5. The lady of Medjugorje is not your mother

So yes, there are good fruits. But nobody gets to pretend to be my mother. There aren’t enough good fruits in the world to justify sitting back and letting that happen.

If you care to see it, there’s mountain upon mountain of evidence that the apparitions are false — either a hoax perpetrated by the seers, or something diabolical.


6. IVF jewelry and the scandal of sentimentality

And so the mother does the thing that makes the most sense to a pagan, when nature fails her: She bows to artifice, and finds a way to bring her children with her, clumsily, sentimentally, but grasping at something that seems true: We are made to be with the ones we love. We are supposed to be able to give them life, and to keep them safe.

She knows they are her children. But does she know what children are?

In order to turn embryos into jewelry, one must believe that all children, and all people, can be made safe. One must believe there is such a thing as safety in this world.


7. They said my kids don’t belong at Mass. Now what?

Incredibly, the complainer sought her out after Mass to double down and say it again: Your children don’t belong here. Do not bring them here.

Let’s be clear: This is a message straight from Hell. The Mass is humanity’s main source of grace and life, and if no one goes, then no one will have grace or life. Telling parents their kids don’t belong at Mass is like trampling down every seedling you find, then clucking your tongue over the poor harvest.


8. Unpopular opinion: That Boylan Catholic High prom dress code is actually fine

This dress code acknowledges that any modesty guidelines are going to have shortcomings, because of what a subjective thing modesty is, and it does girls and parents the favor of asking them to “not put school administrators in the difficult position of upholding school standards.”

In other words, it asks them to think about and uphold those standards themselves. To behave as adults, and not to throw a temper tantrum over their sacred civil right to have a cut-out heart on their ass. “We’re all in this together,” is the basic message, “So please help us have a nice time at the dance, rather than turning this into one more exhausting battle over stupid stuff.”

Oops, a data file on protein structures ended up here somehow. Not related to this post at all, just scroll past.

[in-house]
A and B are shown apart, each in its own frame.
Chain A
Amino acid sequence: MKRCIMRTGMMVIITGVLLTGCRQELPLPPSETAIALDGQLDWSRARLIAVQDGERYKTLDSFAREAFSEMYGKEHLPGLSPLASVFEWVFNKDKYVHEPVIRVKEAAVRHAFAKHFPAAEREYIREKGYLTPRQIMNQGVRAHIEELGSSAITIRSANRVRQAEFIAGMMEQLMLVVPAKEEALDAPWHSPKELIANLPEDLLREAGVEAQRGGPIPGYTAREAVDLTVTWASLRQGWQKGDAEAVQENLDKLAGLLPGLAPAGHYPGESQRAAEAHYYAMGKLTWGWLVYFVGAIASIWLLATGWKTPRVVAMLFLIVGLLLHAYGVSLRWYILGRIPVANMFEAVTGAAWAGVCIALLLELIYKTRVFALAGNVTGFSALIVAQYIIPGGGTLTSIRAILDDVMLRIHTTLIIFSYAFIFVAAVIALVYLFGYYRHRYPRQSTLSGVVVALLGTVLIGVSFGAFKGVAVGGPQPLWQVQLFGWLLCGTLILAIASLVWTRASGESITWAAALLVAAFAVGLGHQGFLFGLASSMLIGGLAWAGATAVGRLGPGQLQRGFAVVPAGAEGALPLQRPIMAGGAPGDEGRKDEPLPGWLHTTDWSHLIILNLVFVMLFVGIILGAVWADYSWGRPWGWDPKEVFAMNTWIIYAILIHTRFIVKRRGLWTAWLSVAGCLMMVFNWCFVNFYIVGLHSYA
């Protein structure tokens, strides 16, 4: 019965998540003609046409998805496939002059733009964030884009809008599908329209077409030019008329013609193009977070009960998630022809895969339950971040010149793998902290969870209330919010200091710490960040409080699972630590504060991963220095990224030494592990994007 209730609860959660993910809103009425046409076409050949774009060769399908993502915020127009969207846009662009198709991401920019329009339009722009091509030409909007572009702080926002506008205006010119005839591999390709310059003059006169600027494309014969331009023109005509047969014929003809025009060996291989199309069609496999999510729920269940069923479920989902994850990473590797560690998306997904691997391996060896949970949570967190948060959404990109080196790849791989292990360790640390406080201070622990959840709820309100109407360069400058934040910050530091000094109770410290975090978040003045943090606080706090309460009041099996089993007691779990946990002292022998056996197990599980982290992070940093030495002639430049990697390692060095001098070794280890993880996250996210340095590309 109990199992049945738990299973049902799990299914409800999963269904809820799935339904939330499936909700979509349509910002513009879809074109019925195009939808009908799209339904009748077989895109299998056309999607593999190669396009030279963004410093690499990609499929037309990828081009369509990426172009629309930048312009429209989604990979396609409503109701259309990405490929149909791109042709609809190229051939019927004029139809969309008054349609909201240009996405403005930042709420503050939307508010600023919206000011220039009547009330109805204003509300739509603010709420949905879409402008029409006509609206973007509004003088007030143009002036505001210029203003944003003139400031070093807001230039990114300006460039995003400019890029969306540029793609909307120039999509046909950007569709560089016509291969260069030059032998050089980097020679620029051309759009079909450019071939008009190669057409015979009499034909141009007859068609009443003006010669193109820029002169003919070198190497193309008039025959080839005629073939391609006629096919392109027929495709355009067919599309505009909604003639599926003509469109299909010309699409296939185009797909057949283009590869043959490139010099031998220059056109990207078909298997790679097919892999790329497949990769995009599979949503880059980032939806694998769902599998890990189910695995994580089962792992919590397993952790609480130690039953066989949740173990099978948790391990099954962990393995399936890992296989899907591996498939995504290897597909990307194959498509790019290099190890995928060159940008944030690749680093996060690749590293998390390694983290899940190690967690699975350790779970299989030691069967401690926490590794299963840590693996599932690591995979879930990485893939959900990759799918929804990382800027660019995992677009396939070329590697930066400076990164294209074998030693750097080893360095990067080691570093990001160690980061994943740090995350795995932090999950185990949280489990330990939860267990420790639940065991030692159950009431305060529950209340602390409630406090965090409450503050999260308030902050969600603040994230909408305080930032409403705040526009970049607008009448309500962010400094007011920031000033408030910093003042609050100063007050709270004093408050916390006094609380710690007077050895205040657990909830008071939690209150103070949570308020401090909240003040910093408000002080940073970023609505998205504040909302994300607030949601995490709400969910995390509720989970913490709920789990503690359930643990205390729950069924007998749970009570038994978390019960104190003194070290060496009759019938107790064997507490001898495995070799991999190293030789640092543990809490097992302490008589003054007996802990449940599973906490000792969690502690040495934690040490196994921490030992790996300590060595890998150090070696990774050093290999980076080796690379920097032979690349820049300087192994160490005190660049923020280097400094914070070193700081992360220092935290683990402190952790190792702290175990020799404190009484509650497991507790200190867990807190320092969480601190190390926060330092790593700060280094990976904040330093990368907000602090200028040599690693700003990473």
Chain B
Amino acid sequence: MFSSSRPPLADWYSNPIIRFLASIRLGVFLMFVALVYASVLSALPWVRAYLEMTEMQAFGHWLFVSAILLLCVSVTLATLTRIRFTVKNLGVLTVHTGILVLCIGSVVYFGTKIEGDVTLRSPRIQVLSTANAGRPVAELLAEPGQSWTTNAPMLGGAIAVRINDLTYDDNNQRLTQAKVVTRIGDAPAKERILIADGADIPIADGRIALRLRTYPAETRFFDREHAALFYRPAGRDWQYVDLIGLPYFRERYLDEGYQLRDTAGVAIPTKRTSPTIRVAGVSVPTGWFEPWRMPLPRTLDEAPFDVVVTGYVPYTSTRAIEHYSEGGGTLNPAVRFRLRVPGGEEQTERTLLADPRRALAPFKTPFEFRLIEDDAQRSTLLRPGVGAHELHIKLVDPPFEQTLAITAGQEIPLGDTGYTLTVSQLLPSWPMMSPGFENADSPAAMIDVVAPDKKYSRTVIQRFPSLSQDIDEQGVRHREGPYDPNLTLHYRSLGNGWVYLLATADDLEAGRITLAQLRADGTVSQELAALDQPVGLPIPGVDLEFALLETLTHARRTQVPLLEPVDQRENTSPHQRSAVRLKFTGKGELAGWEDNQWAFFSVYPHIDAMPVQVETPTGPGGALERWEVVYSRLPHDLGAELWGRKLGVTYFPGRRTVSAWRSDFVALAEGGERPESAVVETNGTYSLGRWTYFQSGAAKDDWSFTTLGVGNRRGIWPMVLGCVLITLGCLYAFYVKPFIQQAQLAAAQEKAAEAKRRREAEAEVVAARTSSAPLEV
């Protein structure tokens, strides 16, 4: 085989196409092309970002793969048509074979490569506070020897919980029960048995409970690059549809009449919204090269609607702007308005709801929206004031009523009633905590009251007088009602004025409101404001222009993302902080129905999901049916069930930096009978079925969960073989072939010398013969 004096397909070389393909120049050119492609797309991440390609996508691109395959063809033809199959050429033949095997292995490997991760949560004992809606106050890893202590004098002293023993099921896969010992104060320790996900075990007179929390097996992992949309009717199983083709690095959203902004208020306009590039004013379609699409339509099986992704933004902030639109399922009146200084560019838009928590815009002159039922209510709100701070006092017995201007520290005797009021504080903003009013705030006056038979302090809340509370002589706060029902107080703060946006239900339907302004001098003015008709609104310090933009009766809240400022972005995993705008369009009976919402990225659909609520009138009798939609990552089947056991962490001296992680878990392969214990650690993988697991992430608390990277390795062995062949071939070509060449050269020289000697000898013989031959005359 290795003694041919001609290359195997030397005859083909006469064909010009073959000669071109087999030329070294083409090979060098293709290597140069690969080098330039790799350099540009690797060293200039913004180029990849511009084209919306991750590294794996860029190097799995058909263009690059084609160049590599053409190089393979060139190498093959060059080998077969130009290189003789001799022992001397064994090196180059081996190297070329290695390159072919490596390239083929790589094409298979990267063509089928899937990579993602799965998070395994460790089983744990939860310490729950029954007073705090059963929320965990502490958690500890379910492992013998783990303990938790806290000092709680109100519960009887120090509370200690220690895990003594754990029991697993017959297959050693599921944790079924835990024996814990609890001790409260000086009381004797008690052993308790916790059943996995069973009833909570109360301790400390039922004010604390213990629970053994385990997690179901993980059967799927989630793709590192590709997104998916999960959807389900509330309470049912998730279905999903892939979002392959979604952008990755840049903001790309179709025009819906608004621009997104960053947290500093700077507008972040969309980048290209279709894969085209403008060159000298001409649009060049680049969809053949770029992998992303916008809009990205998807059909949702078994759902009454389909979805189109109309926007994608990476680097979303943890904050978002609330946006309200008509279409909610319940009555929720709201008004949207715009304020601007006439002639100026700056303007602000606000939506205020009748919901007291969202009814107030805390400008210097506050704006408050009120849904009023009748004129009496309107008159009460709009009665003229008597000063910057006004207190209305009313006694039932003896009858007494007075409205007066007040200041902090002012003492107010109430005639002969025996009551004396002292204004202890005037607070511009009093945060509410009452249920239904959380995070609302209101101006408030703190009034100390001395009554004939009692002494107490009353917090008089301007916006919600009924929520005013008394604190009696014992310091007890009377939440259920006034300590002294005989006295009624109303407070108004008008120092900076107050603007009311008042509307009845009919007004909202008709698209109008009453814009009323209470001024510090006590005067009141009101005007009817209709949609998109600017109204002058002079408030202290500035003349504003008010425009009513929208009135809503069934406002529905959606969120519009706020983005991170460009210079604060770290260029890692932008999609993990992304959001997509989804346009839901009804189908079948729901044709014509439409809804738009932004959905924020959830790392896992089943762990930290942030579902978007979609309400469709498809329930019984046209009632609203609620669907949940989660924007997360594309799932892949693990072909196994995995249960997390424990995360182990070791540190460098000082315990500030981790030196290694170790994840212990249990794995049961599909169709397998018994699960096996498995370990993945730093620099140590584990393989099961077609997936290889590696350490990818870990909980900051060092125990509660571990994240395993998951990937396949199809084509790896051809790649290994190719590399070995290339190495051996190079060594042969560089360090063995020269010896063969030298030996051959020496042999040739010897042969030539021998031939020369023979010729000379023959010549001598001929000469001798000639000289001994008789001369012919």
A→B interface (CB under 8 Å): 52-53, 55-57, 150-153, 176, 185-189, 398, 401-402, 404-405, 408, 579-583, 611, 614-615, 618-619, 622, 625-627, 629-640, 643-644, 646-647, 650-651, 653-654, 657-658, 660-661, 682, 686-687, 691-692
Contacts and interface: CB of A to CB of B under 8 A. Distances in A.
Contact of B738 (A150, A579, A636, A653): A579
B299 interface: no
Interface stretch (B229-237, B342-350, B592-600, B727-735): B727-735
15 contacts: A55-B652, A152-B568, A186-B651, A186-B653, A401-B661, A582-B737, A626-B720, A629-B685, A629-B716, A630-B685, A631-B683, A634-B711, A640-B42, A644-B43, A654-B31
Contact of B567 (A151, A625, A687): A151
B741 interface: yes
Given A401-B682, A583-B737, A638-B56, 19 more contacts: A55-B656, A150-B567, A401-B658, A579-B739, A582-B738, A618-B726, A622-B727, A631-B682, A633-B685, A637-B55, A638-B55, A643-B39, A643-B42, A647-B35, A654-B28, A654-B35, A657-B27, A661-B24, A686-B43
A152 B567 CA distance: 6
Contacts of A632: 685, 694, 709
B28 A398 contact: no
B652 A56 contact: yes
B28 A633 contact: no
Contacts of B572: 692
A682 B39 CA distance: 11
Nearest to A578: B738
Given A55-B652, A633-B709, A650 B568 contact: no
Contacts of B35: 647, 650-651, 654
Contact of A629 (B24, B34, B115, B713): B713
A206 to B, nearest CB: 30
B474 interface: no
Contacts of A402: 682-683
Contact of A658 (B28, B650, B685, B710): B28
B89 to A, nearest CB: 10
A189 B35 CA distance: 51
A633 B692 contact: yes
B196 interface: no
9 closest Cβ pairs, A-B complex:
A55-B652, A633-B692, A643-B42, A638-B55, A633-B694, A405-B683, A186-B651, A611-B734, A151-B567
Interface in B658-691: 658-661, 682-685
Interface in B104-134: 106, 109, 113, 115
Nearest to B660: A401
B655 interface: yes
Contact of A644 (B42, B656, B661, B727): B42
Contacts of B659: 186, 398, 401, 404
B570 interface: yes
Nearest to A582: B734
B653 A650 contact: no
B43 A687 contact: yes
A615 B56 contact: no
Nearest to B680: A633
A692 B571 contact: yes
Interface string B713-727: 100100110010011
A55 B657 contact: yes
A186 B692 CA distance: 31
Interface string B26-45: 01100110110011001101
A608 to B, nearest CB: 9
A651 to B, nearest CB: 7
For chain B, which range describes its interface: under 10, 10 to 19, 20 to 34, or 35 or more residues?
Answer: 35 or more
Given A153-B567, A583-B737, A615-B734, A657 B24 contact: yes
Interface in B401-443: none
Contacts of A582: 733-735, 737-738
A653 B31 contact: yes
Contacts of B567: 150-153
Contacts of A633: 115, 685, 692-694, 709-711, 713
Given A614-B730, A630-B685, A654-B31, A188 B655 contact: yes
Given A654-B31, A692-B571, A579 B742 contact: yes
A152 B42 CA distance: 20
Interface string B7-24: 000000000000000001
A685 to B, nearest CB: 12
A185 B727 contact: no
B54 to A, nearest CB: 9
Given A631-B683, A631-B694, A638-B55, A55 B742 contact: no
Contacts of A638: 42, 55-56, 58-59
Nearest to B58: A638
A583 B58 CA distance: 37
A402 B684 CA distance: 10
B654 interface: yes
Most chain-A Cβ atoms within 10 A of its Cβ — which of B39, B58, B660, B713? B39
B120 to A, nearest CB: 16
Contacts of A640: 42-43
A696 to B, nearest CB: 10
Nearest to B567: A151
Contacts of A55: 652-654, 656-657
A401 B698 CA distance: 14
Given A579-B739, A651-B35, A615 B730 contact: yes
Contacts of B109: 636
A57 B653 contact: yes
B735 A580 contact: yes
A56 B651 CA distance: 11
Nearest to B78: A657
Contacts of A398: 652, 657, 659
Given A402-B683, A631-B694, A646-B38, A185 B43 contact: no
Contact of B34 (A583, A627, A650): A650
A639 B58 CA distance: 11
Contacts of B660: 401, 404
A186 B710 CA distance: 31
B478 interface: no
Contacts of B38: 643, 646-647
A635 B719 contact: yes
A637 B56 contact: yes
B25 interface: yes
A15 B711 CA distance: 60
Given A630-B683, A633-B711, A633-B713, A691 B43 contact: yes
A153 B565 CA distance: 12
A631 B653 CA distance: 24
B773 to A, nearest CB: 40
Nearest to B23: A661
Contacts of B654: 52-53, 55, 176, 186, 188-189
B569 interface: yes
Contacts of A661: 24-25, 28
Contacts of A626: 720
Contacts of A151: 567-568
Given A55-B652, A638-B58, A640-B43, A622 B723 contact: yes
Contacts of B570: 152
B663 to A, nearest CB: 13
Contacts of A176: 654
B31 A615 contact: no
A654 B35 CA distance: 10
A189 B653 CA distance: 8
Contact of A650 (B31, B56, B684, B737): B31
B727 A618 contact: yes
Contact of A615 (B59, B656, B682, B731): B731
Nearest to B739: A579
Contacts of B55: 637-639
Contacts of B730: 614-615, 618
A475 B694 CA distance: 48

No dice, Boylan Catholic. The internet chooses temper tantrum every time.


9. Allegations of spiritual abuse and sexual misconduct throw Sick Pilgrim into turmoil and Sick Pilgrim Turmoil, Part 2: Donna Provencher’s story

Griffith says it’s incredibly painful to see the destruction of the book she worked on for years, the site she founded, and the community she fostered. But “the book makes him appear a trustworthy spiritual guide,” she says. People assumed he was reliable because she associated with him, she says.

“I hate to think he’d use that to groom someone else. I’m not going to provide a henhouse for him to raid.”


10. We’re on an LDS migration route, and it’s kind of awesome

I asked the younger missionary: “Doesn’t that worry you, at all?”

She paused. They talked a bit about good fruits. So I took a chance and told them about Father Maciel.


And there it is! Happy new year to all of you. I love youse all.
Up next: My ten favorite posts from 2017 . . .


(I have not included two posts that turned up in the top ten. One was the post where I shared the news of the death of Anthony Gallegos, and one was the post where I announced Amazon had terminated my affiliate account.)


Image credits:
Angry man: Crosa via Flickr (Creative Commons)
Man on string: Quinn Dombrowski via Flickr (Creative Commons)
Embryos: by ZEISS microscopy via Flickr (Creative Commons)
Stained glass: Detail of window in Lansdowne Church in Glasgow; photo by Tom Donald via Flickr (Creative Commons)
LDS: Versageek via Flickr (Creative Commons)

Trump’s presidency is one big cliché. Run for your lives.

As wave after wave of bizarre news rolls in from the White House, some Americans may be tempted to think, “We’ve never seen anything like this before!” But that’s not so. The Trump presidency is actually one long string of tired ideas we’ve heard a million times.